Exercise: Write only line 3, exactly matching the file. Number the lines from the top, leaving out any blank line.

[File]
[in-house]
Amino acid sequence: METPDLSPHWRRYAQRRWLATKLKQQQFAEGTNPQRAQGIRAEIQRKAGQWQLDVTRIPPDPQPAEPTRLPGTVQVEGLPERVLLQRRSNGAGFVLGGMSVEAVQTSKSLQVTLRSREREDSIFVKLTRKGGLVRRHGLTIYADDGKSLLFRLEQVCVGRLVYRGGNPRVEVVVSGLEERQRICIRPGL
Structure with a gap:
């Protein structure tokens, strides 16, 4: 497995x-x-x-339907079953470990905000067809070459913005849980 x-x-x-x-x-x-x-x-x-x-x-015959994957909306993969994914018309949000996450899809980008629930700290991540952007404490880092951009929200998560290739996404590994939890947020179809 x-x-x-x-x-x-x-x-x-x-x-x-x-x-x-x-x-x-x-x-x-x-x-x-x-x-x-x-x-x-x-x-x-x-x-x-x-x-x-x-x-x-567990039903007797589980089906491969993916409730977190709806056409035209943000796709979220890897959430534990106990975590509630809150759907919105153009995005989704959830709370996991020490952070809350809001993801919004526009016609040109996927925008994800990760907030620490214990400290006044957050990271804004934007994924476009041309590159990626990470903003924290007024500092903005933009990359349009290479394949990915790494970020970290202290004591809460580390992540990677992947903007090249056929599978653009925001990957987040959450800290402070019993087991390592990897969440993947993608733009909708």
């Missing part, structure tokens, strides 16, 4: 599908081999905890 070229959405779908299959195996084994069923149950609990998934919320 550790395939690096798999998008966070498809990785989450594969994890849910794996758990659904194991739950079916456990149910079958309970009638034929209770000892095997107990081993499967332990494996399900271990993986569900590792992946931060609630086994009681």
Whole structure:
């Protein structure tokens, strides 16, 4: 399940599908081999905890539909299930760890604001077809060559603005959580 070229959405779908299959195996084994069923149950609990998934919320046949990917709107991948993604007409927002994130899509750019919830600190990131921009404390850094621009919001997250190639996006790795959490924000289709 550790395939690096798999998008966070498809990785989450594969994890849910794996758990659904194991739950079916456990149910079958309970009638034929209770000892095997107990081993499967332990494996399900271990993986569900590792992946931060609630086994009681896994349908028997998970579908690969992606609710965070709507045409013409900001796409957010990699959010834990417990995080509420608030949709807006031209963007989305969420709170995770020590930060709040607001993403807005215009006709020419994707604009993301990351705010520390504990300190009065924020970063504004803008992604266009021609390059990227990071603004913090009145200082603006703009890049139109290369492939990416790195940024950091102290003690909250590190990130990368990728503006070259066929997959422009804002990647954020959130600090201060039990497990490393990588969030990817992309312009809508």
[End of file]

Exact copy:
Structure with a gap: